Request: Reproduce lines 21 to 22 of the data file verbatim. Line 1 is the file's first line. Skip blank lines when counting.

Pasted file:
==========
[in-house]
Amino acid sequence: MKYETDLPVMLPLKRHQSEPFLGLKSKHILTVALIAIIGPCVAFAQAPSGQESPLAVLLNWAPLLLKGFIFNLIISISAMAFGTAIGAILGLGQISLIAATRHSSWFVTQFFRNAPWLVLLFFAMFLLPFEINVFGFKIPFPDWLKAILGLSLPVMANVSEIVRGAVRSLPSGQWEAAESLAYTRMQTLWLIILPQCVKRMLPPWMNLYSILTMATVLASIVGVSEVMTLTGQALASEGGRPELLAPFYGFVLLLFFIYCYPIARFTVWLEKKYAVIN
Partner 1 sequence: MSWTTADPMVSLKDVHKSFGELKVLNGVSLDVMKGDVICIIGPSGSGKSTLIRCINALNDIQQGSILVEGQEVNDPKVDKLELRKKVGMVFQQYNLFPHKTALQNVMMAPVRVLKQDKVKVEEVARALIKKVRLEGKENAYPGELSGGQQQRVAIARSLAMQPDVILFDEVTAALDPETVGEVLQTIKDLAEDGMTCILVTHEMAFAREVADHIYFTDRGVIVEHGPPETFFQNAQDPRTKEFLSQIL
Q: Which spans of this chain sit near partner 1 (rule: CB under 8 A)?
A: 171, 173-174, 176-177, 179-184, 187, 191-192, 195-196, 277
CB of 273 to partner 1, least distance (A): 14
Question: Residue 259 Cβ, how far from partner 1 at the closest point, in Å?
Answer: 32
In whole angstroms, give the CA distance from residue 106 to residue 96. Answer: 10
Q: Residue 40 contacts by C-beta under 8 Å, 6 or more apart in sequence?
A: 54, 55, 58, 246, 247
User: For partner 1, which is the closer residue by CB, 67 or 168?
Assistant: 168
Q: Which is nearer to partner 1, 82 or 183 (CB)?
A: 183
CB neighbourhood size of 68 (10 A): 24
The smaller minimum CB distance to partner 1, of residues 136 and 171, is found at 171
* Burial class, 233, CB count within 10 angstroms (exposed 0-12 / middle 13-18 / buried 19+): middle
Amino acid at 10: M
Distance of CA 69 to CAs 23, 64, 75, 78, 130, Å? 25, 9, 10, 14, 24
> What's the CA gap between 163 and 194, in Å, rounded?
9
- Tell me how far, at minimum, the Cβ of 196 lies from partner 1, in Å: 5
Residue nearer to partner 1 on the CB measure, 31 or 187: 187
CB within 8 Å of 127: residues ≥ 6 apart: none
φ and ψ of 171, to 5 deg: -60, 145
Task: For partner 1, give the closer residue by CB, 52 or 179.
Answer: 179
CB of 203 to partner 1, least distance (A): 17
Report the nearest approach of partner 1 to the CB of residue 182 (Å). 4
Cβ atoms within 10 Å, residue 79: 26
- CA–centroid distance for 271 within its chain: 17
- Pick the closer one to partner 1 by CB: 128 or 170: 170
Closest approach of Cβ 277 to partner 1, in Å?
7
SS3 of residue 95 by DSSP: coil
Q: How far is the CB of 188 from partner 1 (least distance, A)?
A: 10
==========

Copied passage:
> What's the CA gap between 163 and 194, in Å, rounded?
9